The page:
Boris Tadić

article
10 June 2011 by David Tolbert

The arrest of Ratko Mladic reignited debates on a wide spectrum of related issues, from its implications on the prospects for true reckoning with the past in the countries of the former Yugoslavia to the possible jolt it will give to Serbia’s hopes of joining the European Union. Beyond the immediate impact on the region, the strongest reverberations of Mladic’s transfer to the International Criminal Tribunal for the former Yugoslavia (ICTY) will be felt in the discourse on international justice.

article
29 June 2011 by Ed Jeremy

The arrest of Ratko Mladic on 26 May signified a key victory for both the International Criminal Tribunal for Yugoslavia, and the Republic of Serbia’s President, Boris Tadić. However, perhaps inevitably, after 16 years at-large, the timing of Mladic’s arrest was questioned, coming as it did on the day that the EU’s High Representative for Foreign Affairs, Catherine Ashton, was visiting Serbia, and shortly before the ICTY President Judge Patrick Robinson and Prosecutor Serge Brammertz were due to update the Security Council on the ICTY’s recent work.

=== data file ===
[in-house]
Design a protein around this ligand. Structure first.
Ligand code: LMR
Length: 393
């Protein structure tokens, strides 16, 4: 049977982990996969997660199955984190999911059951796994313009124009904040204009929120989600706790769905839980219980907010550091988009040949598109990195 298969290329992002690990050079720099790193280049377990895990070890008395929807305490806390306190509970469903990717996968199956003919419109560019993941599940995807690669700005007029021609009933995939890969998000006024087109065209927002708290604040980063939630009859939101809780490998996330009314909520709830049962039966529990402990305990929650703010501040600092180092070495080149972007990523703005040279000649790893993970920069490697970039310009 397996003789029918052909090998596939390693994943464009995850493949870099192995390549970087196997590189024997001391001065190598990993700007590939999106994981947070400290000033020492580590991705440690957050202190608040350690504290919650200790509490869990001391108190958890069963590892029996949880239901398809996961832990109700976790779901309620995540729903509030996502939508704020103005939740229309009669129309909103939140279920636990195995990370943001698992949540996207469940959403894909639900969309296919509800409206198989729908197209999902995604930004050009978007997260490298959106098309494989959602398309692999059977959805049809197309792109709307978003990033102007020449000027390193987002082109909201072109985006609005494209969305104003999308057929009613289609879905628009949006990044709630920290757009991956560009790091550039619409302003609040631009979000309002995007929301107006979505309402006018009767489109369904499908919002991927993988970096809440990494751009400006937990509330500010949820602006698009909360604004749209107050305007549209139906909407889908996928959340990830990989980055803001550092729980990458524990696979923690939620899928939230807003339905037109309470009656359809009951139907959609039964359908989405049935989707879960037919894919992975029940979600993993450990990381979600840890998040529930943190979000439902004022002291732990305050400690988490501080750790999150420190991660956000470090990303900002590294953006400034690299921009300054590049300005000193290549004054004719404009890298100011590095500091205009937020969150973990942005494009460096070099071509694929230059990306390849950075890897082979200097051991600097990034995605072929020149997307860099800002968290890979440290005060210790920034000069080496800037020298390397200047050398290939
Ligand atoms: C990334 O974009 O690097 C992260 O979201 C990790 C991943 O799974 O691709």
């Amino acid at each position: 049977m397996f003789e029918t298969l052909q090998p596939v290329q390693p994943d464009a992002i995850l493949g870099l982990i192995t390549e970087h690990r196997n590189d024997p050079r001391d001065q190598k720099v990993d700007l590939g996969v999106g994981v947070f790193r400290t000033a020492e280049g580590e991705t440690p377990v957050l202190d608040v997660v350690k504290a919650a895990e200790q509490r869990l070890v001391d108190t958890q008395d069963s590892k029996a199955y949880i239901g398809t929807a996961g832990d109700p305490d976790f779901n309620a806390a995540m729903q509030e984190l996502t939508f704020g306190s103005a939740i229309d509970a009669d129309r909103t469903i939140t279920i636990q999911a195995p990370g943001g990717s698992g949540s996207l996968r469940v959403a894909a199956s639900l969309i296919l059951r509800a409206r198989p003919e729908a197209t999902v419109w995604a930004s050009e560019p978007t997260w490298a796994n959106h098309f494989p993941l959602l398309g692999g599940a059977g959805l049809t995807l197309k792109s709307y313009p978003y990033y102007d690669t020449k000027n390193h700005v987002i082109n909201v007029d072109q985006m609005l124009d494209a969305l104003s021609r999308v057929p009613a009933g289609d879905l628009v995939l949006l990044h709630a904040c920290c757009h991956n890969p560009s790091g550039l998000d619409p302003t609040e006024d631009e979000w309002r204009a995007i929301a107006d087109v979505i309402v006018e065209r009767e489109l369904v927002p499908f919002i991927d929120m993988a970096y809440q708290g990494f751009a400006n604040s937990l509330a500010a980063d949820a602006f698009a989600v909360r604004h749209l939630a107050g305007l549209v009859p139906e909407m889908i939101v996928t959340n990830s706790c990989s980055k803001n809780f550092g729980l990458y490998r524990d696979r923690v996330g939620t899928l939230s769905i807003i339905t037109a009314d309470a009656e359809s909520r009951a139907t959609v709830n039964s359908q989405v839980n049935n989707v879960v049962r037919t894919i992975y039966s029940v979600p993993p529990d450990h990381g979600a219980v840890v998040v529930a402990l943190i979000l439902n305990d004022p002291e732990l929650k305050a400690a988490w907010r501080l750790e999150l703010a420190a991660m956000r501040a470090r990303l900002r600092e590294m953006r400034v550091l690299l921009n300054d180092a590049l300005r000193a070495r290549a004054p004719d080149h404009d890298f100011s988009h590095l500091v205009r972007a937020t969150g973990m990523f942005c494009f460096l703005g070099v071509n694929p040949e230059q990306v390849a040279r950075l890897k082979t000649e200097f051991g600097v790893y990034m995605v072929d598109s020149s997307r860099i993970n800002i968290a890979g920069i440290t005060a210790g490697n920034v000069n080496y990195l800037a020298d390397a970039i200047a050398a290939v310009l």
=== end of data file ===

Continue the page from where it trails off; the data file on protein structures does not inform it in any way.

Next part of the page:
article
04 October 2004 by Arnoud Grellier

The sensitive issue of cooperation between Serbia and the ICTY is on the agenda in a meeting on 4 October between the prosecutor of the International Criminal Tribunal for the Former Yugoslavia (ICTY) Carla del Ponte and Serbian president Boris Tadic, accompanied by his prime minister Vojislav Kostunika. Del Ponte's arrival in Belgrade on 1 October coincides with mounting pressure from the international community for Serbia to do more in its power to hand over war criminals, including the ICTY's most wanted fugitive, Ratko Mladic.